The helter skelter arc of my heart / by Christina Rosalie

I took the day off from work, feeling crumpled and exhausted and near-to-tears. Work, post-traumatic stress, and life in general, has me feeling more anxious and more depressed than I have possibly ever felt in my life. Mostly, it’s the whole post-trauma stuff, which seems to permeate everything else. Because I am an optimist, a glass-half-full dreamer, it is unnerving to be here on the brink of sorrow. Doubt, like an unbalanced weight, threatens to pull me over the edge. And perhaps the worst part of this is I’ve always been a mind-over-matter type of person and suddenly I’ve come slamming up against the fact that I can’t just mind-over-matter this all away. My body has internalized the stress of it all, and I’ve been sick in this low-grade kind of way that has me always feeling thin skinned and raw.

So I took the day off and reveled in a morning all to myself—no toddler, no kids all asking for help in unison, no colleagues asking for favors—just me and some writing and a tall frothy latte.

Then I took a nap. It was that weird kind of sleep where semi-consciousness hovers close. Every few minutes I felt like I was almost awake, and, for a moment upon waking after an hour of sleep, I felt sure I had not slept at all. But I had, and the day outside had gone from grey to a perfect autumnal blue.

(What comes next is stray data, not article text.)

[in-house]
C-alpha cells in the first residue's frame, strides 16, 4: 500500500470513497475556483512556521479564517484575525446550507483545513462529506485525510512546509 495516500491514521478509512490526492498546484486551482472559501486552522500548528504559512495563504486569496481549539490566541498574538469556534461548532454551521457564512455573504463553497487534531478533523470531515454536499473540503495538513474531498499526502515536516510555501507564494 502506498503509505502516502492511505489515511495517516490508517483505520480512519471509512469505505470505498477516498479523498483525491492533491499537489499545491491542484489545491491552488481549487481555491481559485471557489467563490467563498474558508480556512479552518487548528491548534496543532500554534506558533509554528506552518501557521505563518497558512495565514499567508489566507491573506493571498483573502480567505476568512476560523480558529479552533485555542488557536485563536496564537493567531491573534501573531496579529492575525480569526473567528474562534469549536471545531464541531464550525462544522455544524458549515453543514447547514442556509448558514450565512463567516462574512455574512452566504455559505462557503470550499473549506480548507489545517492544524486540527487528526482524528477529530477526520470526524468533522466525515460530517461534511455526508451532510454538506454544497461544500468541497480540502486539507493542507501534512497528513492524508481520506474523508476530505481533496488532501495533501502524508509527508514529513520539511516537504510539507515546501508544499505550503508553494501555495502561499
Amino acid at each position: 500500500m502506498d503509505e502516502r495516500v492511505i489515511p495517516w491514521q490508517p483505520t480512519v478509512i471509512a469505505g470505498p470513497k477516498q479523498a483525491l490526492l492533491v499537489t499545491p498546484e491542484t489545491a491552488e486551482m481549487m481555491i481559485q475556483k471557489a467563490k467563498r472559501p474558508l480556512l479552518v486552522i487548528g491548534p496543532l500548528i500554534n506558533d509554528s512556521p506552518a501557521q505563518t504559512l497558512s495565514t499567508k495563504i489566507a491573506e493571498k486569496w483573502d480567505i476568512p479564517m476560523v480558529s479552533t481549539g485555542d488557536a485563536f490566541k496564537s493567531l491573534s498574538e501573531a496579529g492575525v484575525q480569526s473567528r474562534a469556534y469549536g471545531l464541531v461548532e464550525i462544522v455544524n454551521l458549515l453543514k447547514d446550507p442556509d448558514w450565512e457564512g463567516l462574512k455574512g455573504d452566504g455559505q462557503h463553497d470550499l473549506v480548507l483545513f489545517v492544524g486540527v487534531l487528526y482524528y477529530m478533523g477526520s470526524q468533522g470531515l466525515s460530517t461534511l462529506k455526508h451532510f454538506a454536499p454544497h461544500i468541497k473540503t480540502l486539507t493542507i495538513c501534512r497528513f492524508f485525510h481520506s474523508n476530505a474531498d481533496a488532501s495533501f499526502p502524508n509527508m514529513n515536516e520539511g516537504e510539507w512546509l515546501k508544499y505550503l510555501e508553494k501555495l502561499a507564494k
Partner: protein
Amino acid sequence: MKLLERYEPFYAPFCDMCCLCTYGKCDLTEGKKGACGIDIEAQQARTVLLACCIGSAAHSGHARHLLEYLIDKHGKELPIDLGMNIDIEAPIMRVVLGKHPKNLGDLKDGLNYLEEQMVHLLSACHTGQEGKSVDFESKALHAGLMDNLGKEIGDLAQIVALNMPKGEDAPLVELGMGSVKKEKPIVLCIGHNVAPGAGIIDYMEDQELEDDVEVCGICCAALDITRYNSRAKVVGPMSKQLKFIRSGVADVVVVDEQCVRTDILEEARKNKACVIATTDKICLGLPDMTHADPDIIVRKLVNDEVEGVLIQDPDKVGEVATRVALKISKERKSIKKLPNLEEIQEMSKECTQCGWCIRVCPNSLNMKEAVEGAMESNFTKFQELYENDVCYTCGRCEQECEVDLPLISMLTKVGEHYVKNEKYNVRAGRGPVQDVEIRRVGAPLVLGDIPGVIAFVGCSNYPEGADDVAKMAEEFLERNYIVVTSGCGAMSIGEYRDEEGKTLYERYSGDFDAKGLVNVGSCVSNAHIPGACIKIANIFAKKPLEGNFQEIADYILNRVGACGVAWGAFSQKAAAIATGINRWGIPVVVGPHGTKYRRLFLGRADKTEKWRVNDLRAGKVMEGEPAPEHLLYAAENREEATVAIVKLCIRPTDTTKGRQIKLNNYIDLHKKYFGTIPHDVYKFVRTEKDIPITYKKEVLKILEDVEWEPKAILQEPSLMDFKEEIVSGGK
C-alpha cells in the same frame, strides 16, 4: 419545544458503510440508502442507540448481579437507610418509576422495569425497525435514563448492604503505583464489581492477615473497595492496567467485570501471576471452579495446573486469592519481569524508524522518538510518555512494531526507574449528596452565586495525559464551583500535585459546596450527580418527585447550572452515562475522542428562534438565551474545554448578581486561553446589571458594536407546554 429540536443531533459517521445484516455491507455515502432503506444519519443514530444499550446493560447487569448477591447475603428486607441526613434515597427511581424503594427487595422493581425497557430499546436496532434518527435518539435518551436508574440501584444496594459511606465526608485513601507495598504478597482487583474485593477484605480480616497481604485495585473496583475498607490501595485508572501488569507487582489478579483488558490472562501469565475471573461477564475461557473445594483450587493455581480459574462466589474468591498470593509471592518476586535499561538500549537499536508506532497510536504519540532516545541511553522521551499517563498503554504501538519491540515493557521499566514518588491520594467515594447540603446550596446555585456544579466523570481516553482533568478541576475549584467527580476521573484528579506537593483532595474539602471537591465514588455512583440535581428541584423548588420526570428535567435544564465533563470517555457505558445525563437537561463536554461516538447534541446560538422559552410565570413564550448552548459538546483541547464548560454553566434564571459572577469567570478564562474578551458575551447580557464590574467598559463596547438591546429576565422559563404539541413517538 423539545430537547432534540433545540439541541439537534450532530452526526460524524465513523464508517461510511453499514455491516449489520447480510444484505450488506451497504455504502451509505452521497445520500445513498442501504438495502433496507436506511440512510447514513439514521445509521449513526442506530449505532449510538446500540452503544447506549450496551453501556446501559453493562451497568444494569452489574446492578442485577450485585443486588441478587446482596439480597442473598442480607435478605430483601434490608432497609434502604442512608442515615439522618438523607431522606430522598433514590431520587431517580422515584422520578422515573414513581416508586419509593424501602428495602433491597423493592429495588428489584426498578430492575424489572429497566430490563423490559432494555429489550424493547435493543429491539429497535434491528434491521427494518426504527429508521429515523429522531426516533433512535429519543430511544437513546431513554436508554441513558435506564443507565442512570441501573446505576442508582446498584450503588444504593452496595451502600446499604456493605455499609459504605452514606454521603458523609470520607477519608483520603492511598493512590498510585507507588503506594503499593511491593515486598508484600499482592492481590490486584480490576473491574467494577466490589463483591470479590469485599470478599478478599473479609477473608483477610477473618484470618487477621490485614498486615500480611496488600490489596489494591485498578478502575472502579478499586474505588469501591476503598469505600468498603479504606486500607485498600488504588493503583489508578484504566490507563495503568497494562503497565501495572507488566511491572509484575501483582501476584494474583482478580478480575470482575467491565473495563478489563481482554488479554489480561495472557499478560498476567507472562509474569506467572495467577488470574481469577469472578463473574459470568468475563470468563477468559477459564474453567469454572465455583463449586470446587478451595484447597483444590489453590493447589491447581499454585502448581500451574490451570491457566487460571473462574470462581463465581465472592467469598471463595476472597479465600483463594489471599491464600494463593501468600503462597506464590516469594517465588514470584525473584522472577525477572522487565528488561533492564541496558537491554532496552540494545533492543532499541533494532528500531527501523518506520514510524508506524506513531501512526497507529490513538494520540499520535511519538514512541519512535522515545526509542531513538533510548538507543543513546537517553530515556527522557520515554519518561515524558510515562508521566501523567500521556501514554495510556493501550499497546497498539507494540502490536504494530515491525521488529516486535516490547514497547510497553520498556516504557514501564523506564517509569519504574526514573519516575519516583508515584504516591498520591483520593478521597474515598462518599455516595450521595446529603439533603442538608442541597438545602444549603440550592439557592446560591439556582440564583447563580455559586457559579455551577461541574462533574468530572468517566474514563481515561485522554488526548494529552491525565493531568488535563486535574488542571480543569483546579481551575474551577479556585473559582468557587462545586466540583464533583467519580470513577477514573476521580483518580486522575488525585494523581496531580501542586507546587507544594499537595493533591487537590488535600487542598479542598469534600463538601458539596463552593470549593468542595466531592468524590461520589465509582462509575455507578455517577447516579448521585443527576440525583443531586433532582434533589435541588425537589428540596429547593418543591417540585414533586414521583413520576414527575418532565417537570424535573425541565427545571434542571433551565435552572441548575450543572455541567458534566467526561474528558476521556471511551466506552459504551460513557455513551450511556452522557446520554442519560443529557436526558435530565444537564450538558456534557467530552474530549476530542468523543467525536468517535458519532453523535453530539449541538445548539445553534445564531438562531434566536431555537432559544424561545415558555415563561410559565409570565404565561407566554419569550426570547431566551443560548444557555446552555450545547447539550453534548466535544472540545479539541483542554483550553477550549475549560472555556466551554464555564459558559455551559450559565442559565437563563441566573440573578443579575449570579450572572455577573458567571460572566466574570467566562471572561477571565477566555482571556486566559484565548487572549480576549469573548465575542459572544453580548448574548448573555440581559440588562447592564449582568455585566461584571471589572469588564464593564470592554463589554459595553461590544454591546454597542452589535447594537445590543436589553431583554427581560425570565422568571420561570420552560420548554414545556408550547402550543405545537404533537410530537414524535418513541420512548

I took Bean in the backpack for an hour hike through woods, stopping every so often to listen to the sounds of the woods and smell the crisp autumn air. We’d stop, both of us nearly holding our breath, and listen to the sound of water, to the occasional crow calling overhead, and then, suddenly and more than once, to the report of a gun. Damn hunters. I sang softly walking along the spungy trail, not wanting to be mistaken.

Home again, DH and I immediately launched into an argument, that in retrospect had everything to do with the fact that I wanted to be taken care of and hardly anything to do with whatever puppet topic we pulled onto the stage. But later, after I’d left for town he called, and we talked until we came to some sort of understanding, and he met me there for dinner. It was cold out, and I was glad for my down jacket. We at kebabs and crepes from street vendors, and sipped creamy hot chocolate from the local chocolatier, and had a lovely time.

So I guess I’m stubbornly scrabbling out of the hole I’m in. It seems a lot like one step forward, two steps back, but there’s movement, and many exquisite moments. I am grateful for this—that I have not lost my capacity for joy.

(Here are a few pictures, still with the crappy camera.)